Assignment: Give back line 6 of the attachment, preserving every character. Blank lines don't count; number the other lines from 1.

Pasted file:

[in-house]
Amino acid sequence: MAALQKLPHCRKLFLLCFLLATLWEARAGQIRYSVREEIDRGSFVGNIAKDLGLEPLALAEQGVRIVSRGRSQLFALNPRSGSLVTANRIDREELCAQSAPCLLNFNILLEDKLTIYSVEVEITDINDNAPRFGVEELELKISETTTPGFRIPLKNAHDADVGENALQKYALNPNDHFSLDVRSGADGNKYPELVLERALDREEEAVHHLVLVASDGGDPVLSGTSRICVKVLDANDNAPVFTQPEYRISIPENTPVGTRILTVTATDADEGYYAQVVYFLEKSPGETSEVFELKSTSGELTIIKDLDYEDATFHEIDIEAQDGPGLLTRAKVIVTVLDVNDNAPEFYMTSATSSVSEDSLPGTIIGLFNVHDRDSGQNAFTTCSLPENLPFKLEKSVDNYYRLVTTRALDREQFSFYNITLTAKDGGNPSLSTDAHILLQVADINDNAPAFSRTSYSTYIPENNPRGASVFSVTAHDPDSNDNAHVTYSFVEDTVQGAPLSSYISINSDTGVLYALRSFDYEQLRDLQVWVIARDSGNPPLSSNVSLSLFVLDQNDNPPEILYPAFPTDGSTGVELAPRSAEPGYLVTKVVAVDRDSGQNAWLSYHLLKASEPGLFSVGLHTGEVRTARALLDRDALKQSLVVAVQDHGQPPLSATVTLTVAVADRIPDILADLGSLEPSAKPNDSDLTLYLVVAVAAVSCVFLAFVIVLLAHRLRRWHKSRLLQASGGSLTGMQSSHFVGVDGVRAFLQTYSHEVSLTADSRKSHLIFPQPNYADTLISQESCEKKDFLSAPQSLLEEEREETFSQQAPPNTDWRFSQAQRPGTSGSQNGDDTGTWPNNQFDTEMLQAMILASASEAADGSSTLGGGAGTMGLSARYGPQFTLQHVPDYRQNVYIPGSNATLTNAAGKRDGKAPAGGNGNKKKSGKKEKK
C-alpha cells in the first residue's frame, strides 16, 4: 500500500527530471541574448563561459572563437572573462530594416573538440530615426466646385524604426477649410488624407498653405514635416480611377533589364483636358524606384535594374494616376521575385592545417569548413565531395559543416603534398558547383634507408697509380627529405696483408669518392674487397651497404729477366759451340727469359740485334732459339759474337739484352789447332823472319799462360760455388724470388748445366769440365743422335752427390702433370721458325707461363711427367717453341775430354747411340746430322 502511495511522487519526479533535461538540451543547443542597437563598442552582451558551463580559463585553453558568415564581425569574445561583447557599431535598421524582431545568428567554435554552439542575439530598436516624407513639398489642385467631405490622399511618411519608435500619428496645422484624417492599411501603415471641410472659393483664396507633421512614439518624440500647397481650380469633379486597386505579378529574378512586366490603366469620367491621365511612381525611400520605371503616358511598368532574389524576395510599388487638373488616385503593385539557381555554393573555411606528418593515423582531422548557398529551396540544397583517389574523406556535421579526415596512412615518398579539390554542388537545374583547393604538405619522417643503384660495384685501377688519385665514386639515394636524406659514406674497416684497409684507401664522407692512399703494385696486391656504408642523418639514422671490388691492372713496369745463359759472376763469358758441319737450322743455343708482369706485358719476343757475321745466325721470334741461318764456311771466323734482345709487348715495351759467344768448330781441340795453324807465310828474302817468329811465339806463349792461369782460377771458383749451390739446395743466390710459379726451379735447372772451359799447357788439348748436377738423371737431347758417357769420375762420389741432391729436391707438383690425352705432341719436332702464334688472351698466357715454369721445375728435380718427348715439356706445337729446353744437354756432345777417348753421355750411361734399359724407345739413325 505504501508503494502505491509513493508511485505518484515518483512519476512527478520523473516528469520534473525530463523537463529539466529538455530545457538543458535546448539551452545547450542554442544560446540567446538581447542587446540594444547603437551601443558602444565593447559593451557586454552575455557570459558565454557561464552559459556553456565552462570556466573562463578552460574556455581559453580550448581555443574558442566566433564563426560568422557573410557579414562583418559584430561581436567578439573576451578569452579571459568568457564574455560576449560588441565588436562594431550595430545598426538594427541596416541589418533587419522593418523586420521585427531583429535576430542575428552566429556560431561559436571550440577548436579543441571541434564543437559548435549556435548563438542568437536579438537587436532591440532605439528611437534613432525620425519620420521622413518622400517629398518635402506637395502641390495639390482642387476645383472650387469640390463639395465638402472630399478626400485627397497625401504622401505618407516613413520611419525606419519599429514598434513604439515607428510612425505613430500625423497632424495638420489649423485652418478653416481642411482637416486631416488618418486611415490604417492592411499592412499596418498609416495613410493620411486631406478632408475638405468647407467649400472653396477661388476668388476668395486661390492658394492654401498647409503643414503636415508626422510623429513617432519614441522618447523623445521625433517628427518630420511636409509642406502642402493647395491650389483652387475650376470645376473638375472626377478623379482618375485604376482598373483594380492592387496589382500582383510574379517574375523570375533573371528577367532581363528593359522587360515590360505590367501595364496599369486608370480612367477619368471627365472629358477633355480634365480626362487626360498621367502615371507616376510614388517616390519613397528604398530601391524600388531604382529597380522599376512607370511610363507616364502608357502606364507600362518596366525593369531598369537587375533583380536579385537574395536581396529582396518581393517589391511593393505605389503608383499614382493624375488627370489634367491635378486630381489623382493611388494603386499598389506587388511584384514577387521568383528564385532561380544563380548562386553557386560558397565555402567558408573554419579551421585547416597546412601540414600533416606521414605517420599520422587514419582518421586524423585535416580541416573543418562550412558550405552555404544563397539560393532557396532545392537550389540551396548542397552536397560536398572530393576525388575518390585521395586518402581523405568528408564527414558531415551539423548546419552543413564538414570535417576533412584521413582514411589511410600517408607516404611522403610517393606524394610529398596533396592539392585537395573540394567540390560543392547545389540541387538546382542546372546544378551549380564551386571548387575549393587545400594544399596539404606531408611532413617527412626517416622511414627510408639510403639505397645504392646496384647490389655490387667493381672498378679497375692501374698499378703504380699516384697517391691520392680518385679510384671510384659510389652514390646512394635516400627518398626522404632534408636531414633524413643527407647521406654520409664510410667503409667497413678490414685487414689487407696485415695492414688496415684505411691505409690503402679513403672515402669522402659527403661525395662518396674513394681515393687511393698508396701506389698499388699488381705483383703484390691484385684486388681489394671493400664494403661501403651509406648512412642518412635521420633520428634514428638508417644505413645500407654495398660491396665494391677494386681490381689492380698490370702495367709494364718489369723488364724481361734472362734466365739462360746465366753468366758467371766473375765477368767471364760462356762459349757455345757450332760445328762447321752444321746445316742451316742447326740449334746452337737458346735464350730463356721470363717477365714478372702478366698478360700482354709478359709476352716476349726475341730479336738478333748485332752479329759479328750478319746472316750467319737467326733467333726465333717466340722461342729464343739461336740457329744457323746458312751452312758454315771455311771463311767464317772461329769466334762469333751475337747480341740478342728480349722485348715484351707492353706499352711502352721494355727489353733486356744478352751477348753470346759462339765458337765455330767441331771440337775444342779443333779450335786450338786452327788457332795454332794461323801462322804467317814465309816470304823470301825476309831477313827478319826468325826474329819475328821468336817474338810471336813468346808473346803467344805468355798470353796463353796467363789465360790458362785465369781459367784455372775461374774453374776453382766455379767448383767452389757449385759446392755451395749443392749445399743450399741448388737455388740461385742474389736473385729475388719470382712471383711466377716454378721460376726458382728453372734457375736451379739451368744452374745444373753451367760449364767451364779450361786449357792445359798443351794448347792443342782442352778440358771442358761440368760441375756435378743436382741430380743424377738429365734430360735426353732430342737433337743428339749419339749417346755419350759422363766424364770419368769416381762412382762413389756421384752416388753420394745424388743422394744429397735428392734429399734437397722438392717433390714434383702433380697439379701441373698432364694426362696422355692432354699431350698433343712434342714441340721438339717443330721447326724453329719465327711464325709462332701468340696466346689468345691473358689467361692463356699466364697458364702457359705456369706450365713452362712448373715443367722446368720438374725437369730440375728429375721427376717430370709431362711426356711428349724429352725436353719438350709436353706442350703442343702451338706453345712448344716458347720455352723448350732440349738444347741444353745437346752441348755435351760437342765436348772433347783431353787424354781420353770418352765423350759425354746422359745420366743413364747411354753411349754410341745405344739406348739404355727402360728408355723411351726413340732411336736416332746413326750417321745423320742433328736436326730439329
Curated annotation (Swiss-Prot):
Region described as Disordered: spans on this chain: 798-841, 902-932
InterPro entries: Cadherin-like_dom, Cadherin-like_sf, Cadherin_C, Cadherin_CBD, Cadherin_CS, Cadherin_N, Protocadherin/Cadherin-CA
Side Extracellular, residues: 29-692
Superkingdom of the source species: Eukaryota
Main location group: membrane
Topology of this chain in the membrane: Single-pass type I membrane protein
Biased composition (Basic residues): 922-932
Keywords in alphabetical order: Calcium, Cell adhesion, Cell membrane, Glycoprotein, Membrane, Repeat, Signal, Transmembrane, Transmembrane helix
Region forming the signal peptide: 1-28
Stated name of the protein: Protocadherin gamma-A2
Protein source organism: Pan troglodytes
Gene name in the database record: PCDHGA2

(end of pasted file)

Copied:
InterPro entries: Cadherin-like_dom, Cadherin-like_sf, Cadherin_C, Cadherin_CBD, Cadherin_CS, Cadherin_N, Protocadherin/Cadherin-CA